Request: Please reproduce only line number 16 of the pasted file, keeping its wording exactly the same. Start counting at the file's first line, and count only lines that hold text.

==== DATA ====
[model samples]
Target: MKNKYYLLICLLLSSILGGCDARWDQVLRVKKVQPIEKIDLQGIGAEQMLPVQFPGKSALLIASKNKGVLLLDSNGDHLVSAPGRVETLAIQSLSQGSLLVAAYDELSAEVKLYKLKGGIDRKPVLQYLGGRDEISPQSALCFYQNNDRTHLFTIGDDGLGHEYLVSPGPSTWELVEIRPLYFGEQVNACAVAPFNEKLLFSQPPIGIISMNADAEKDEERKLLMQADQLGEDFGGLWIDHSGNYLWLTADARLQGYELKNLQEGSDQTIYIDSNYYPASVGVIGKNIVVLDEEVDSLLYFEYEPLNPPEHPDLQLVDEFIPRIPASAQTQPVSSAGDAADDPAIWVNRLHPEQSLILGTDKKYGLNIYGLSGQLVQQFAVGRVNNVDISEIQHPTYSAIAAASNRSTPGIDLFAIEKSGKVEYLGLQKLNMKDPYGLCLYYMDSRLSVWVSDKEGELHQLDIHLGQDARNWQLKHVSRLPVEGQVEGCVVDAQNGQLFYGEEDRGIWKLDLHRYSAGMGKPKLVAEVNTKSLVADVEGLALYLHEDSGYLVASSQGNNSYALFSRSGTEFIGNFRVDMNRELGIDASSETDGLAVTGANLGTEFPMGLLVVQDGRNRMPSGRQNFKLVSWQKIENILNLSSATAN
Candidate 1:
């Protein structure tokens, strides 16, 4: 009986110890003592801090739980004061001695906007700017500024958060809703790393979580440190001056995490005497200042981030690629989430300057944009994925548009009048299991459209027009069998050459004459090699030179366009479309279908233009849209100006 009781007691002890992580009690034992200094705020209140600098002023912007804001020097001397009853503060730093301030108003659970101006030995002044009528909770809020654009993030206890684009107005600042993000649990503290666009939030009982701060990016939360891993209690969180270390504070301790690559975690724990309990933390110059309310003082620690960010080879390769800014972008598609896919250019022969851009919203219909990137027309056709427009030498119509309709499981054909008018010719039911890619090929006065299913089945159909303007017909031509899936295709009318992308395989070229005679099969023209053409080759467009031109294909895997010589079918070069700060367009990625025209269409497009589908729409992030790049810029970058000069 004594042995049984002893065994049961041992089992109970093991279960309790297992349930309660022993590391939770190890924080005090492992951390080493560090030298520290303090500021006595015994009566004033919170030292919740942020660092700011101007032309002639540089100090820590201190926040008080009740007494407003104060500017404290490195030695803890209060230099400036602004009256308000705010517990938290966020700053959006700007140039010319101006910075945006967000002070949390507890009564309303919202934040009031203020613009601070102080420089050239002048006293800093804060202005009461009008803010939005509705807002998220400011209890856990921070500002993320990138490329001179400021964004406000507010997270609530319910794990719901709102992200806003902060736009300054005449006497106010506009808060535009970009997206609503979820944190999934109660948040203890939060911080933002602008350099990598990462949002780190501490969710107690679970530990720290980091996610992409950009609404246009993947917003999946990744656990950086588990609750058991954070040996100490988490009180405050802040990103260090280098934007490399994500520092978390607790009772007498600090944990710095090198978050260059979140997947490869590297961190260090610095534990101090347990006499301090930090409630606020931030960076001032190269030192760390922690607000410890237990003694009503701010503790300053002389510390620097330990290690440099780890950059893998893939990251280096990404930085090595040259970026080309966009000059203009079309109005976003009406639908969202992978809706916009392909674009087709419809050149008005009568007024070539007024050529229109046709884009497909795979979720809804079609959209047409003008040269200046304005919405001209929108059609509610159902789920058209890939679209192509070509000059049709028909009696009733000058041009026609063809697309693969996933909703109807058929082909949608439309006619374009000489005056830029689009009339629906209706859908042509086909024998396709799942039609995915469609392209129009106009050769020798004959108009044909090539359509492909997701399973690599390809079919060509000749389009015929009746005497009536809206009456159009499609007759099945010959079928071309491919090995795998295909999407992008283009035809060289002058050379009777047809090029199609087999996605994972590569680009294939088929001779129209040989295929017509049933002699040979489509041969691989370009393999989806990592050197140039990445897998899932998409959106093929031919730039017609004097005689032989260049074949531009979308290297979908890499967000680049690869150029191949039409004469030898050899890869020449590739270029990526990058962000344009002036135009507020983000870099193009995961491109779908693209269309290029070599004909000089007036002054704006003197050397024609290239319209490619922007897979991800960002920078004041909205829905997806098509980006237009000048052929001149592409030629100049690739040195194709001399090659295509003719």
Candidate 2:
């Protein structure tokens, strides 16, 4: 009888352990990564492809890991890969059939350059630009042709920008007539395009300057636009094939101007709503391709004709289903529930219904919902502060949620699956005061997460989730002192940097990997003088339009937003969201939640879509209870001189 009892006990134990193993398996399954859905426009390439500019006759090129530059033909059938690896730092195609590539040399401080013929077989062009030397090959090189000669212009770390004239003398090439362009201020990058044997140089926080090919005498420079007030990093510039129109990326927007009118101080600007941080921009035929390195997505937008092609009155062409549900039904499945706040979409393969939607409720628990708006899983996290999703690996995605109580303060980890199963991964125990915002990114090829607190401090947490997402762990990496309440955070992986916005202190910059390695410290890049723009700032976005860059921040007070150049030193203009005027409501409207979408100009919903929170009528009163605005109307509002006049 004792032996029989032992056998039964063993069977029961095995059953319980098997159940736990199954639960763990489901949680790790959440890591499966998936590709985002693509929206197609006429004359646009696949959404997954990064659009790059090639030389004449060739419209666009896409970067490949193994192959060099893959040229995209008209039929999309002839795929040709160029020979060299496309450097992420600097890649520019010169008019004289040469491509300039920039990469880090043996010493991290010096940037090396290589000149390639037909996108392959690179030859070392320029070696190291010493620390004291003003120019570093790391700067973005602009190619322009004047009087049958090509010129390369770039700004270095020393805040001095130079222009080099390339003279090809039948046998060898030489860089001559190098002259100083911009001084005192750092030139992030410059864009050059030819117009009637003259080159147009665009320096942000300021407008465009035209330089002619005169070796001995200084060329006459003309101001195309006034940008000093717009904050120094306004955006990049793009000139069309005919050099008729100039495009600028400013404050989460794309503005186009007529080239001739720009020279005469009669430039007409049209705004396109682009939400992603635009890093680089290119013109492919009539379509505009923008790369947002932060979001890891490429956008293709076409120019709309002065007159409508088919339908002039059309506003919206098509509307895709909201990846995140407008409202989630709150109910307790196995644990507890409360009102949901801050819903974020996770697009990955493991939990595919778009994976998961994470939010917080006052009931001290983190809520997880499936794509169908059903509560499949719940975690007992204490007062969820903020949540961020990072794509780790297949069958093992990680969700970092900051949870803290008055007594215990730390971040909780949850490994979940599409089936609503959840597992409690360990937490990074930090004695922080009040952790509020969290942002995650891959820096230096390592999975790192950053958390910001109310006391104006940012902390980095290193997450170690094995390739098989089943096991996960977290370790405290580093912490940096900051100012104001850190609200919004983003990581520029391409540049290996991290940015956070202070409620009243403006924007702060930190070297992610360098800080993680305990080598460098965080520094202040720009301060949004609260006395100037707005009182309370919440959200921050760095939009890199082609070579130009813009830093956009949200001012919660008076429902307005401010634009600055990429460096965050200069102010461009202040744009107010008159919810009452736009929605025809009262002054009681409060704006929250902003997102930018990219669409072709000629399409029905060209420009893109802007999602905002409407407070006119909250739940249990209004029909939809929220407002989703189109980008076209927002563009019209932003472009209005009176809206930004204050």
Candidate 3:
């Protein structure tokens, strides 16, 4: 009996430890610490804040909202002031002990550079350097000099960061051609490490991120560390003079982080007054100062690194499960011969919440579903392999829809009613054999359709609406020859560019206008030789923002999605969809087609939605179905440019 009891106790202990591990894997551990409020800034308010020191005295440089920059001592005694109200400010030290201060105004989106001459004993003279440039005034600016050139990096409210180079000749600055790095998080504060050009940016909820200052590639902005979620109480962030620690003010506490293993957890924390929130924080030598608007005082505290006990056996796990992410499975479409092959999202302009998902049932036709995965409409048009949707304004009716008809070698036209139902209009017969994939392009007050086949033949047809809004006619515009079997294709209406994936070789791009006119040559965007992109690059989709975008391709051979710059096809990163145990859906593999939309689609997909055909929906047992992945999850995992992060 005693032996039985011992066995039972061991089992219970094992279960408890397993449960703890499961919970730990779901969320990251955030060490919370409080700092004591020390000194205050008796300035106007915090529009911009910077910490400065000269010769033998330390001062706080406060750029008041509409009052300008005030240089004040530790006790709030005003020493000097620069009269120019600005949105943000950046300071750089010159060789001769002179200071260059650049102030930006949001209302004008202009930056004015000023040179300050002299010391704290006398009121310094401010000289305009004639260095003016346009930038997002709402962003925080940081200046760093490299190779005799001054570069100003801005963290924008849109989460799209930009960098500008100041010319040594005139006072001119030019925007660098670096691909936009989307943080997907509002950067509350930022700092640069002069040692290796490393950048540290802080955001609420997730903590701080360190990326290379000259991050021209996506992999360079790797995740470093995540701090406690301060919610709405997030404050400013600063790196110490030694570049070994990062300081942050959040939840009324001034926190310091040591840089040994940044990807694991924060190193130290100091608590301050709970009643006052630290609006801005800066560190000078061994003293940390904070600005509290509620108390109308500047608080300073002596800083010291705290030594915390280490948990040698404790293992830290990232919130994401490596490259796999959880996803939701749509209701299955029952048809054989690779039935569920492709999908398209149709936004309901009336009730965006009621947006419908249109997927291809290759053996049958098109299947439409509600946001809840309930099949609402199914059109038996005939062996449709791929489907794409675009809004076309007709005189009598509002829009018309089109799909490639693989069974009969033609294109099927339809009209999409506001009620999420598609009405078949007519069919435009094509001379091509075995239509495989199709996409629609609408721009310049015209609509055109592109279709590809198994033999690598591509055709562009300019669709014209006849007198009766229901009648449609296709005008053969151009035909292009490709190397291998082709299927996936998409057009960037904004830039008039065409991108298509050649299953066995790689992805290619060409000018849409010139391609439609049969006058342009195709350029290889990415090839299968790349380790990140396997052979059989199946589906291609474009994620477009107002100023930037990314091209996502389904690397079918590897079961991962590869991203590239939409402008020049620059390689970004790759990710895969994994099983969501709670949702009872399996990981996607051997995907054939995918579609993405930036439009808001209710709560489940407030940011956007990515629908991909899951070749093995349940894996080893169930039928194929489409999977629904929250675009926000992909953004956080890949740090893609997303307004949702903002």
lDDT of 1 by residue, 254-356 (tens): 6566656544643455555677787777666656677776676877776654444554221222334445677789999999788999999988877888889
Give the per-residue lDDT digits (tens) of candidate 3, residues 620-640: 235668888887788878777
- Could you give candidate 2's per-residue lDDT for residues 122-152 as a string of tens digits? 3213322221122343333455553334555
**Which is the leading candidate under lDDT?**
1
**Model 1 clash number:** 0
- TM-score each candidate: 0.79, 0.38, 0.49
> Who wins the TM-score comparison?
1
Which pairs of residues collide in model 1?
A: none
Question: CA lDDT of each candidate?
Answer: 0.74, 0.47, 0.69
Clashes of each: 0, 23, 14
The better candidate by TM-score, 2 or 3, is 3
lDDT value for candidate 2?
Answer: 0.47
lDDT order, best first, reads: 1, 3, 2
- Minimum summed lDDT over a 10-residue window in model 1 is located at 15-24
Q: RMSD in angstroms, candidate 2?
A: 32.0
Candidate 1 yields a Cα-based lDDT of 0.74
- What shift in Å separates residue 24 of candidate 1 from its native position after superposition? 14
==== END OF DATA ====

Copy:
> Who wins the TM-score comparison?